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Healing the desire for truth in an age of misinformation

 

Sprunt Lectures address interreligious wisdom in the ‘post-truth’ era

July 23, 2024

The Rev. Dr. James Thatamanil in a kafiya scarf given to him by an attendee of the Sprunt Lectures at Union Presbyterian Seminary. (Screenshot)

“What is truth?” Pilate retorted to a Jesus on trial. According to John’s gospel, Jesus had told Pilate that he came into the world to testify to the truth and to be heard by those who “belong to the truth.” Despite finding no case against him, Pilate consented to Jesus’ crucifixion. Pilate was not the first or last person with power to believe truth could be bent to human will.

How, then, are humans to resist the delusions and lies of the ego, media, politics and culture and to “belong to the truth,” as Jesus proposes?

Over the course of four lectures titled “Seeking Interreligious Wisdom in a Post-Truth Era,” the Rev. Dr. John Thatamanil, professor of theology and world religions director at Union Theological Seminary, addressed an audience in person and online at the 113th Sprunt Lectures at Union Presbyterian Seminary. He built his case on a medical model defining the diagnosis, etiology, prognosis and therapy for a contemporary existence estranged from truth.

“Our collective incapacity to agree about just what the facts are may strike us as a peculiar feature of our moment in a highly mediated, postmodern world,” Thatamanil said as he explored the most recent examples of how we have become overwhelmed by information, manipulated by social media, polarized by politics, susceptible to conspiracy theories and incalcitrant to facing inconvenient truths about the destruction of our earth.

“The post-truth problem in our time revolves around the ways in which the circulation of misinformation and disinformation does not require a central agent or a regime,” said Thatamanil, who explained how, unlike Orwell’s time, “no one compels us by brute force to accept conspiracy theories or lies.” We do so because we want to or are manipulated to want to believe the ideas of those around us as we grant social media agencies and corporations access to our habits, networks, likes and dislikes until “we know only what we want to know and come to inhabit polarized communities, each in possession of its own facts,” said Thatamanil.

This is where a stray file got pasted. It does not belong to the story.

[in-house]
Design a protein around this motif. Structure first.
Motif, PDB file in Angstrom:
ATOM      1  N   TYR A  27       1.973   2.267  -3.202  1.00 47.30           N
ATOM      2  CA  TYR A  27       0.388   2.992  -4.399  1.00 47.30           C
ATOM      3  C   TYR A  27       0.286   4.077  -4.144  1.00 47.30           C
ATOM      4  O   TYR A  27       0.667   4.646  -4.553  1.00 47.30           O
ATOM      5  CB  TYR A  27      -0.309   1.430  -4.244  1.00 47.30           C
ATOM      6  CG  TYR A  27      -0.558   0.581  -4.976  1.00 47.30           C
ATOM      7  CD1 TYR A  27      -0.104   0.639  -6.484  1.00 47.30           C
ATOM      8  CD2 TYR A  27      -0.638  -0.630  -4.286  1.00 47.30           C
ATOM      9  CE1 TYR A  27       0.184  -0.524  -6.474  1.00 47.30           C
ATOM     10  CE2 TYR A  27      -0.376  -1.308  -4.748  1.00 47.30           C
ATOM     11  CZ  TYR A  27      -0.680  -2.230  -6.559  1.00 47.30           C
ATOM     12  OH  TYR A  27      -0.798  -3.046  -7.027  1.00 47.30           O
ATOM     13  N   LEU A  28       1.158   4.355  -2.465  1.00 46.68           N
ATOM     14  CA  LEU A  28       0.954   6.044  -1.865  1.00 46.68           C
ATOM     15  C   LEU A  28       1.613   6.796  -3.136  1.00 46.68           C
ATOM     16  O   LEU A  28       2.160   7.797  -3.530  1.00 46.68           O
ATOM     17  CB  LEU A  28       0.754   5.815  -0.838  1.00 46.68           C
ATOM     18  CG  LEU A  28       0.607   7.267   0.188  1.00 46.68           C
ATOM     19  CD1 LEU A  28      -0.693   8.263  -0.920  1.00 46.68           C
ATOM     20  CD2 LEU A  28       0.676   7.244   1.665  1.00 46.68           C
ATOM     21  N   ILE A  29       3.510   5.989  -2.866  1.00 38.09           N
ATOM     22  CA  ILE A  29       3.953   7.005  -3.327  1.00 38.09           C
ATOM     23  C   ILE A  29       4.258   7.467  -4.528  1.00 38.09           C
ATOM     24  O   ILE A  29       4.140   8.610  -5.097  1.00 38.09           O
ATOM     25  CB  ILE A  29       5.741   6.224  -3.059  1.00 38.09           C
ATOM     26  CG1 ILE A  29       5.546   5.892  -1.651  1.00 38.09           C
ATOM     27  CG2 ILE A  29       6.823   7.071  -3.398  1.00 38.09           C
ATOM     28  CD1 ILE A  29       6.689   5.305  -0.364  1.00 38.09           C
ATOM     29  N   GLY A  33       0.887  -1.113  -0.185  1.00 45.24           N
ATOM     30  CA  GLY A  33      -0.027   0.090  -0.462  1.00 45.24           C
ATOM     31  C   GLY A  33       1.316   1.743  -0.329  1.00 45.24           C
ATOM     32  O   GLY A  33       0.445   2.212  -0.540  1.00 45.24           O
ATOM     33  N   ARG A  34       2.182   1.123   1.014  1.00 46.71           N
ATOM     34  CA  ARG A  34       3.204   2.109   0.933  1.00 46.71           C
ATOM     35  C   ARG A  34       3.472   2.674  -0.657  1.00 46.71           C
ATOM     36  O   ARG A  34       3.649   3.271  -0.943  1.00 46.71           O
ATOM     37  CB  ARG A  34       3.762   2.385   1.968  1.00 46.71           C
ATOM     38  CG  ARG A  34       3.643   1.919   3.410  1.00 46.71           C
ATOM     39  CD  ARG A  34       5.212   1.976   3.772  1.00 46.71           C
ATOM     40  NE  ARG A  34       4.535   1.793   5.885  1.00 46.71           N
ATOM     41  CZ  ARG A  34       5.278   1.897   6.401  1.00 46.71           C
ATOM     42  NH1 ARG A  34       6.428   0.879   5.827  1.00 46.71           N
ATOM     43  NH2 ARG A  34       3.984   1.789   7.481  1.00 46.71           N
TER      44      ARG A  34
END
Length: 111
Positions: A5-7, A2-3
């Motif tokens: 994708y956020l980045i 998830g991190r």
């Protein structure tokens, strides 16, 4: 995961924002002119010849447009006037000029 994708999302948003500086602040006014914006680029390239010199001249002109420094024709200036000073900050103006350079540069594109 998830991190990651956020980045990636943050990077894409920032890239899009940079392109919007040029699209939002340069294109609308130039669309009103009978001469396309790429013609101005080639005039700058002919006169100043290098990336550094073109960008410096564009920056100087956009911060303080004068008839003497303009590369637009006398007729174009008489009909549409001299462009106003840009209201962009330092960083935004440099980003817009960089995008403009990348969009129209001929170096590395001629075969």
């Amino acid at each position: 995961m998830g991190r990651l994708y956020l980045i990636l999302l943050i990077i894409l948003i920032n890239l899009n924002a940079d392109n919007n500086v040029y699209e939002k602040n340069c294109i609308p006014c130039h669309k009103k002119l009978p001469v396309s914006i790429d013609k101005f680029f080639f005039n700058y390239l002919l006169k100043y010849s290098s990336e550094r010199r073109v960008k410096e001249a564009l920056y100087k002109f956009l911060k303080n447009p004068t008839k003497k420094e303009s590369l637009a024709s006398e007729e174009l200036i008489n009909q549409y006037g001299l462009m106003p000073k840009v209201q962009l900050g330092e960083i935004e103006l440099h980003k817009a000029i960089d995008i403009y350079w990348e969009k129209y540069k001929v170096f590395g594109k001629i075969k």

In his second lecture, Thatamanil turned to etiology and how humankind came to be people who as Jack Nicholson’s character said in “A Few Good Men,” “can’t handle the truth.”

The Rev. Dr. John Thatamanil leads a compassion meditation practice at the end of the 2024 Sprunt Lectures at Union Presbyterian Seminary. (Screenshot)

“The problem is a bifurcation of mind and heart,” posited Thatamanil, encouraging us to embrace ancient wisdom and recent neuroscience that show that emotions play a role in what we know. Philosophy means “love of wisdom” which suggests that truth is born from both desiring and knowing. “If the problem is a problem of desire,” said Thatamanil, “then it will not do to treat a problem of distorted desire with the remedy of more information.”

He proposed that our religious traditions are designed to tutor the heart, not just the mind. Therefore the prognosis for humankind is good — or such was the hopeful tenor of the third lecture, which explored the sage advice and transformative practices of ancient religions through sources in the Hebrew Bible and Christian Gospels to wisdom passed down through Theravada, Mahayana, Vajrayana Buddhisms and the Advaita Vedanta school of Hinduism. All these traditions illumine a path in which distorted, self-limiting desires based on untruths can be transformed into positive, other-invested desires based on a reality rooted in relationship and an interconnected existence. “The task of human life is to be trued to the real,” said Thatamanil, who said truth is “more than a set of statements,” but reality itself: “Truth is interbeing. Truth is God.”

The final lecture centered on the therapy of desire and included a 10-minute contemplative practice of compassion meditation. Thatamanil advised that we “invest ourselves in the reclamation of our attention” so that “our desiring is not left to the mercy of others.” But he also warned that we as individuals are not isolated patients curing personal desires. “The patient in question is the entire culture,” which he described as “a set of intersecting and nested global systems that wound and traumatize persons and communities.”

“We cannot rectify public desire without surrendering the thinking/feeling binary,” said Thatamanil, calling the underlying assumption that has for centuries dominated many cultures, especially in the West, a “deficient anthropology.”

Beth Waltemath, Communications Strategist, Presbyterian Church (U.S.A.)

Today’s Focus: 113th Sprunt Lectures at Union Presbyterian Seminary

Let us join in prayer for:

PC(USA) Agencies’ Staff
Lucy McDermott, Mission Specialist, Presbyterian Disaster Assistance, Presbyterian Mission Agency 
Robyn McEvilla, Accountant, Central Receiving Services, Administrative Services Group (A Corp) 

Let us pray

O God, the source of blessing and abundance, help us to see that your call to mission is our opportunity to give as we have received. We ask that you would bring peace to the nation and provide for all its people. In Jesus’ name. Amen.


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